Identifying Best Practices – Help For North Carolina Workers’ Compensation Clients (Or Would Be Clients)

March 21, 2012, by Michael A. DeMayo

How can you make your experience on North Carolina workers’ compensation as successful, stress-free, and – dare we say enjoyable – as you can?

Here is a simple exercise you can do in 5 minutes that should offer you profound insights into the unspoken values and principles governing your quest for North Carolina workers’ comp.

Values and Purpose

There are oodles of books, websites, blogs, and other materials that emphasize the importance of defining values and purpose. Our values and purposes change based on different circumstances and different problems. For instance, ask yourself “why” you are reading this article. Your purpose will be different from “why” you got onto the internet in the first place. The frame of the problem changes the purpose and principles. That’s why it’s so important to be specific when it comes to exercises like the one we are about to do.

Having gone through that preamble, let’s begin the exercise.

Step 1: Grab a piece of paper or open up a word document, and take time to answer this question:

Why do you want to go on North Carolina workers’ compensation?

Really take some time here. Don’t just write “to get money” or some snarky answer like that. Really spend some time to probe the root purpose of your quest. For instance, you might need to ask “why” multiple times to hit “pay dirt.” For instance, if you first wrote down the answer “get money,” you would need to ask “WHY do I want to get money?” and so on and so forth until you reach a more fundamental purpose — ideally one that resonates with you emotionally.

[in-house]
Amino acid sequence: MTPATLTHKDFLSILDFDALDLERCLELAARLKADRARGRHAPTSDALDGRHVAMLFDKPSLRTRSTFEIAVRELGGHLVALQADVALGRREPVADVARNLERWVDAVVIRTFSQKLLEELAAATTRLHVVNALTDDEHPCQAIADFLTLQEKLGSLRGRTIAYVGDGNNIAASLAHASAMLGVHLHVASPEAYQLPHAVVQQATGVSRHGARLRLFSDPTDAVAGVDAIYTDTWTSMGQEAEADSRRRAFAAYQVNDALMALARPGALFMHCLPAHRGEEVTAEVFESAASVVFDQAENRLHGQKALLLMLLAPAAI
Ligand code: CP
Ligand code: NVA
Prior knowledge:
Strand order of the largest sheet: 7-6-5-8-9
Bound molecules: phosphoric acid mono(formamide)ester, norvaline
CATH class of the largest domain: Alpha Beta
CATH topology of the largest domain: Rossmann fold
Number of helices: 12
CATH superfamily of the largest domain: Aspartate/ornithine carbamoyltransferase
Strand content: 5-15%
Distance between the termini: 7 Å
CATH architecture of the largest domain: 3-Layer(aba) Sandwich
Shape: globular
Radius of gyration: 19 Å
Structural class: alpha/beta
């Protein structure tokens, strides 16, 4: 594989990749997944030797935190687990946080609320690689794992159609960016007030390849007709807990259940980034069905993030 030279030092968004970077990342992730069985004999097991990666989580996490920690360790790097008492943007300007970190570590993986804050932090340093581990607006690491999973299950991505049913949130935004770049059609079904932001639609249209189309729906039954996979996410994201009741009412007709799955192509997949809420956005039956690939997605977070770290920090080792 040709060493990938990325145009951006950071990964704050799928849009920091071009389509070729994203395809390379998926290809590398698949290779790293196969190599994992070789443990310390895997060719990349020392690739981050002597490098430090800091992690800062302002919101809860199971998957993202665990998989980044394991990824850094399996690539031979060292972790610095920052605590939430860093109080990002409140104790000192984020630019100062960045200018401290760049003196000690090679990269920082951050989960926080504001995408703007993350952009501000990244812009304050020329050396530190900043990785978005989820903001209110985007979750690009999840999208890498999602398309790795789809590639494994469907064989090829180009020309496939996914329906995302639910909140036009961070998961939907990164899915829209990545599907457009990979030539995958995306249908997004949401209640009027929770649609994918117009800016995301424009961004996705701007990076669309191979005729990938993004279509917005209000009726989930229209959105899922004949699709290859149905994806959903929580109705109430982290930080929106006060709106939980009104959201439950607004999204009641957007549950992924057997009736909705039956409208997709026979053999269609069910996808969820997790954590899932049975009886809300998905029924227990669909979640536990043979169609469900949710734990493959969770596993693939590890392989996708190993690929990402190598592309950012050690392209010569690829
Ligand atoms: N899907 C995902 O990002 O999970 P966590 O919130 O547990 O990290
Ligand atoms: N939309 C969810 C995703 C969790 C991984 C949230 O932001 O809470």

For instance, after some drilling down, you might come up with the root answer “because I have a fundamental need to support my family and children.”

Step 2: Identify your values.

One of the best ways to come up with the values that will govern a project (including your quest for workers’ comp) is to imagine “outsourcing” it to somebody else. Say you could hand over the task applying for, collecting and spending your workers’ comp to somebody else. What would tell that person NOT to do? You can then derive your values by taking the negative of that statement. Example:

•    I would forbid the outsourcer from committing fraud or any other unethical behavior. (Value extracted: I will not commit or tolerate fraud or any unethical behavior)
•    I would not allow the outsourcer to tackle a job by himself or herself. (Value extracted: I want to use and trust my case to a competent authority, such as a trusted North Carolina workers’ compensation law firm).
•    I would not allow the outsourcer to work without keeping my spouse in the loop as well. (Value extracted: I must keep my spouse in the loop about what’s going on with the workers’ comp stuff.)

More Web Resources:

Drilling Down to Find Purpose and Principles

Change Must Be Purpose and Values Driven

 

 
 

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